THE country justice delivery system has come under the spotlight following the suspicious granting of bail of a suspected armed robber Musa Taj Abdul, who despite having been on the run for more than 20 years, almost tasted freedom after the State consented to his application.
Although Abdul (47), along with his alleged accomplices Godfrey Mupamhanga (27), Rudolf Tapiwa Kamhanga (29) and Douglas Mutenda (31) were subsequently locked up, as they are facing fresh charges, fears abound that this could be a tip of the iceberg of corrupt syndicates in the justice delivery system where more criminals with lesser profiles are likely slipping under the radar and going scot-free.
The prosecutor Tapiwa Kasema, who consented to the granting of bail to the suspected robbers and then went into hiding, has since been arrested and is assisting police with investigations in a case insiders in the judiciary say could open a can of worms.
According to a report of armed robbery cases and warrants of arrests at the country’s courts, more than 50 suspected criminals were granted bail by the High Court from June to November, in what insiders say is a curious pattern that warrants spotlighting the whole justice delivery chain.
“There is a routine where a magistrate denies bail to a suspect and then that suspect appeals to the High Court and is then granted bail with the State consent and the judge does not do anything about that,” said a source.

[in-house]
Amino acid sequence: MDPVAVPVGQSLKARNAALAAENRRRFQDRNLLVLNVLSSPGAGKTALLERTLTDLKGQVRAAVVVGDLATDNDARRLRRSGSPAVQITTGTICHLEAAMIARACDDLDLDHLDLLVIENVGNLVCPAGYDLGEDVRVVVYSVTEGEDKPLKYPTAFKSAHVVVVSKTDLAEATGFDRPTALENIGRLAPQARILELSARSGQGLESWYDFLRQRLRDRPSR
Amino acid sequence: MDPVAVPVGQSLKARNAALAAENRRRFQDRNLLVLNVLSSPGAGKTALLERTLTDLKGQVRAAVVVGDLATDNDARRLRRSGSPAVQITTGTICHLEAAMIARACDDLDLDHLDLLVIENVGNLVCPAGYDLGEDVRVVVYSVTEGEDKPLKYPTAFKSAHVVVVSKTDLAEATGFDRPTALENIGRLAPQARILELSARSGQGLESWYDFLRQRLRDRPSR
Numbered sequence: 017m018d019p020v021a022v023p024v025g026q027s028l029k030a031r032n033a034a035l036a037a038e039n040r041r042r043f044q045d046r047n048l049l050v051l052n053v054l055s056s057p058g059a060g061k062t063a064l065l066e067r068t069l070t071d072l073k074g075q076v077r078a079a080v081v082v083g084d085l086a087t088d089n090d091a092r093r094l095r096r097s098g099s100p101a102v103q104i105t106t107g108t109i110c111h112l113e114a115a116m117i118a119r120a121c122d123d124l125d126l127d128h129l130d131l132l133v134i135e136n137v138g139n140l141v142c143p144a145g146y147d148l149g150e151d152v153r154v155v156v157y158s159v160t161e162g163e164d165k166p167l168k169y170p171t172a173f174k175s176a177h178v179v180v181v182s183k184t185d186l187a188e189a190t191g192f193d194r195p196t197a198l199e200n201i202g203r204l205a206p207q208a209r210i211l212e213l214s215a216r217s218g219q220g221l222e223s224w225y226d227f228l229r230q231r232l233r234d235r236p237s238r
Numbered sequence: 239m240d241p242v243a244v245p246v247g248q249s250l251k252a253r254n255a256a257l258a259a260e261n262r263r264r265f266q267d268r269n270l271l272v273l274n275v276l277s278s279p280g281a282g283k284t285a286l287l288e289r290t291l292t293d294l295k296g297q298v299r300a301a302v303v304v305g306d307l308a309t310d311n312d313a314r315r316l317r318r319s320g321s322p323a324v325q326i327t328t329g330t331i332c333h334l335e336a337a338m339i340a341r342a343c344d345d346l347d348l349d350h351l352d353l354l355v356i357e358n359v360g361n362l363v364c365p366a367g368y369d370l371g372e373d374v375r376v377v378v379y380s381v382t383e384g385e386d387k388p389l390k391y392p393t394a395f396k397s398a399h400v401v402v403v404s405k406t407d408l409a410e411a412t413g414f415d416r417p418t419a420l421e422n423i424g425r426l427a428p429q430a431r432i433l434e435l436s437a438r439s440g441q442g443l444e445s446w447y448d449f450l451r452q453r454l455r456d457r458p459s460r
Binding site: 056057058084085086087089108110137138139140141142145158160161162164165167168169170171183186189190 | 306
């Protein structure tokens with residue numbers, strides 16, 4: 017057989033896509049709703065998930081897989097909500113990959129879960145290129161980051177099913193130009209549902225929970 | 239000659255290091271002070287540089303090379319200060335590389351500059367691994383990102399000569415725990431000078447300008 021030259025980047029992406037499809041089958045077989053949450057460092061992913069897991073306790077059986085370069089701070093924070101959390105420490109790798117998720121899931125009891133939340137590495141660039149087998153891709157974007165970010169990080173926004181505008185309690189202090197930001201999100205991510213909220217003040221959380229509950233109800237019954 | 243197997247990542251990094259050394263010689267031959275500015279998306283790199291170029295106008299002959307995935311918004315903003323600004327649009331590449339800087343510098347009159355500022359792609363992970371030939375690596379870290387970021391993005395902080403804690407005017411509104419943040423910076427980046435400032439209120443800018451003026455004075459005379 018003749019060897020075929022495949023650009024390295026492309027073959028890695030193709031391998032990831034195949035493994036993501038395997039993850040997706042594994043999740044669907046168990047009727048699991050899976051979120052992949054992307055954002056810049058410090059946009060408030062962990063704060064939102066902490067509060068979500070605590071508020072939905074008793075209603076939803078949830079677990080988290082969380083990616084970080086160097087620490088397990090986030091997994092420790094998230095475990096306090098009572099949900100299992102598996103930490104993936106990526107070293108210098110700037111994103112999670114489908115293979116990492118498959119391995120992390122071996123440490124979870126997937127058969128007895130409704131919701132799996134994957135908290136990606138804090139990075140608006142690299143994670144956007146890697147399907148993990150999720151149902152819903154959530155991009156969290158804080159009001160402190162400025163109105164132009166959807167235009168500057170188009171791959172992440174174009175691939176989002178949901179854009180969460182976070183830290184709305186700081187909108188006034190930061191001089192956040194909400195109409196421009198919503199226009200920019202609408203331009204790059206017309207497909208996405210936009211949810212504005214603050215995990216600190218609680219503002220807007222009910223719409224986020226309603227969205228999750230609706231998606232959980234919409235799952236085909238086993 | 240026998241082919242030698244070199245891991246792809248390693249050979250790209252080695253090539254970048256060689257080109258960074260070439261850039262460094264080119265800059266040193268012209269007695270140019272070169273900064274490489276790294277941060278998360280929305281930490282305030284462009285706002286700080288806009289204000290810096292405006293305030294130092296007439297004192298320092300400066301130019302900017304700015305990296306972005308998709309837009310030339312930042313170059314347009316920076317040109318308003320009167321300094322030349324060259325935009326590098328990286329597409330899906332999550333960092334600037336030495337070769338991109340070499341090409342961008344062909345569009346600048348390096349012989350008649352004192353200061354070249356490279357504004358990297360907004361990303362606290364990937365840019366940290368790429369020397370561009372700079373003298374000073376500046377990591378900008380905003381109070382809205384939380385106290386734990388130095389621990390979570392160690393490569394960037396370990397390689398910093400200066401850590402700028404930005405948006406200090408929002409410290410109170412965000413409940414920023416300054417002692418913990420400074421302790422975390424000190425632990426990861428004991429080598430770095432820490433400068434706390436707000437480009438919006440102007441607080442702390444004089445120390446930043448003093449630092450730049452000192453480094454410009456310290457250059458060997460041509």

While the Minister of Justice Legal and Parliamentary Affairs Ziyambi Ziyambi could not comment on the alleged pattern that is seemingly emerging of suspects getting bail easily, he said the case of Abdul raised a stink.
“This is a terrible case. Someone was on the run, he obviously has no fixed abode and he is given bail. That is unacceptable. Even though we respect their independence, there is no way a person who was on the run and was arrested during a shootout can then get bail. Even if they say the prosecutor did not oppose bail, the judge should have noticed this, this whole case raises eyebrows,” said Minister Ziyambi.
The acting secretary in the Judicial Service Commission (JSC) Ms Faith Mushure declined to comment on the matter but investigations previously carried by this publication reveal a pattern whereby lawyers and litigants are now shopping for a High Court station, sometimes preferring to go halfway across Zimbabwe from anyone connected with the case hoping for a favourable judgment.
Recently, some criminals seeking bail pending their appeals, who separately lost bail applications at the High Court in Bulawayo, quickly engaged new lawyers and misled the High Court in Harare into freeing them without disclosing their initial bail attempts.
Litigants and lawyers end up abusing the law, literally cherry-picking judicial officers who should handle their cases.
In some civil cases, a plaintiff who stays in Bulawayo together with the defendant, may for suspicious reasons, file summons at the High Court in Harare or Mutare.
Such leeway has fuelled corruption and is likely to defeat the spirit of decentralising the courts.
An investigation by The Herald revealed that three convicted persons were granted bail pending appeal by the High Court in Harare through misrepresentation to other courts.